Plants evolved a versatile immune system that mediates defence against a plethora of pathogens with different infection strategies. The molecular signalling cascades that relay pathogen perception from the plasma membrane to transcriptional upregulation of defence genes in the nucleus are well characterised. In contrast it remains poorly understood how plants store information on previous infections and how this allows them to respond faster or with greater amplitude to re-occurring attack. Recent findings demonstrate that accumulation of DNA double strand (ds) breaks and activation of the molecular DNA damage response (DDR) in host plants are common events associated with infection by both (hemi-)biotrophic and necrotrophic pathogens. Genetically, priming of salicylic acid (SA)-dependent immunity requires several DDR components, substantiating the link between the two signalling pathways.
The objective of this project is to test the hypothesis that pathogen-induced DNA damage and activation of DDR signalling in infected cells contribute to short-term memory of infection and mediate priming of plant defence genes. In support of this hypothesis we have demonstrated that pre-treatment of Arabidopsis thaliana with the DNA ds break-inducing glycopeptide bleomycin primes the expression of SA-responsive defence genes over several days. We will perform transcriptome profiling to determine which defence genes are primed by sensing DNA damage and correlate ‘primability’ of these genes with levels of histone H3 tri-methylation on Lys4 (H3K4me3), which has been associated with transcriptional memory of biotic and abiotic stress. Furthermore we will test if accumulation of SA is required for priming of selected defence genes. We will screen a set of combinatorial DDR mutants impaired in distinct ‘layers’ of DNA repair for priming and resistance against a bacterial pathogen and determine which DDR repair pathways are essential for bleomycin-mediated defence gene priming.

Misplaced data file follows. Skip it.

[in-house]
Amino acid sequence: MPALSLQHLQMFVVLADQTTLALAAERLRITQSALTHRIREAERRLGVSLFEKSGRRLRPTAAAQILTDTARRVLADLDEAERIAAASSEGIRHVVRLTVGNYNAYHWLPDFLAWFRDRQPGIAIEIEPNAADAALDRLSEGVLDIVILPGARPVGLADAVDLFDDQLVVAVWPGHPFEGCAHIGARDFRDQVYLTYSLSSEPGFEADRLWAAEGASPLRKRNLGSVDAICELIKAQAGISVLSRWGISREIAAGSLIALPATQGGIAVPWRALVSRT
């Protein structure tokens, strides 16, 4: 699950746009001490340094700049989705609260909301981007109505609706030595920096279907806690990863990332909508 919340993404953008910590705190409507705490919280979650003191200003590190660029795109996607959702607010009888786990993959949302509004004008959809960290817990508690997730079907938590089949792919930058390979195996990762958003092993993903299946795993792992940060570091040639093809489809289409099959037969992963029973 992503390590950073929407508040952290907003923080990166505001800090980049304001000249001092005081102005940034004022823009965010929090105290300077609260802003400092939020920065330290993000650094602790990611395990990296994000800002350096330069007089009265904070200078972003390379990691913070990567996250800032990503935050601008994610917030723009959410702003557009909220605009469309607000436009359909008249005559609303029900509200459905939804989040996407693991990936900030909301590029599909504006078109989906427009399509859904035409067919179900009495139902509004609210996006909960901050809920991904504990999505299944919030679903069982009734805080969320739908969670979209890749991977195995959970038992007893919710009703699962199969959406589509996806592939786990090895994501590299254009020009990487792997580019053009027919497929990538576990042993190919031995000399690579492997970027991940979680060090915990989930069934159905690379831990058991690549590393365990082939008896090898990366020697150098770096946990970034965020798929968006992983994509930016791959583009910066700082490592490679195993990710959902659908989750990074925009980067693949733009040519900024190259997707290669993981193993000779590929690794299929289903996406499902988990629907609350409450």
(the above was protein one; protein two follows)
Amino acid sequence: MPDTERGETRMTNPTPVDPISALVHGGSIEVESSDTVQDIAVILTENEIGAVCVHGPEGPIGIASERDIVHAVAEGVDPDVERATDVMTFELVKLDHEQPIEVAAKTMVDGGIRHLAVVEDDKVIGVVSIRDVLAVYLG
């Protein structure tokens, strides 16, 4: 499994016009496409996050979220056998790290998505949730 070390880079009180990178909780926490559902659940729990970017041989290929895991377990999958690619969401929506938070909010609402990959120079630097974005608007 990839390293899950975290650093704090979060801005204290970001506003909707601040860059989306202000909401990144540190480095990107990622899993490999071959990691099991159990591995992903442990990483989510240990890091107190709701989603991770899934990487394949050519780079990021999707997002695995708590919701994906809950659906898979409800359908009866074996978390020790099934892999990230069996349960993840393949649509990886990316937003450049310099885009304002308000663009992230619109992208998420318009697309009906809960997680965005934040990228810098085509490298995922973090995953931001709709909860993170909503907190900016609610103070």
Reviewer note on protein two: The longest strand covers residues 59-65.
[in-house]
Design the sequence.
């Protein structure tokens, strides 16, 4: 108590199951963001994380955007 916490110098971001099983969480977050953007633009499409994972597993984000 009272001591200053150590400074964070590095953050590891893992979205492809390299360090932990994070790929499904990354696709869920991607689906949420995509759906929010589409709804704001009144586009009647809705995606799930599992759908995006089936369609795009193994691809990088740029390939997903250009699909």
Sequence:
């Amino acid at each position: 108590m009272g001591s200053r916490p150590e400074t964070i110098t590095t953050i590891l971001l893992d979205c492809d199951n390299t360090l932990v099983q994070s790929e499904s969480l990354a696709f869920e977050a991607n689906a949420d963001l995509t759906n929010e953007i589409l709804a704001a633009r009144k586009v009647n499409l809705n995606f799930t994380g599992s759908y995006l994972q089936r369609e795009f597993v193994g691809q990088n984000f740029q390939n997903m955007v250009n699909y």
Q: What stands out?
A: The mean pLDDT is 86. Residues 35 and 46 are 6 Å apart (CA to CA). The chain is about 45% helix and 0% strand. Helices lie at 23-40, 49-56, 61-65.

To address if DDR signalling also plays a role in priming anti-herbivore defences we will extend our studies to oviposition-mediated priming of resistance against larval feeding on A. thaliana and elm (Ulmus minor). Recent studies in projects B4 (Arabidopsis) and B1 (elm) showed that oviposition on Arabidopsis and elm leaves induces a transcriptional response that shares significant overlap with transcriptome changes induced by hemi-biotrophic pathogens. We will test if DNA ds breaks and DDR signalling are induced by oviposition. Furthermore we will test Arabidopsis combinatorial DDR mutants for altered oviposition-mediated priming of resistance against larval feeding.
Overall this project will address the role of attacker-elicited DDR signalling in priming of plant defences against biotic stressors.
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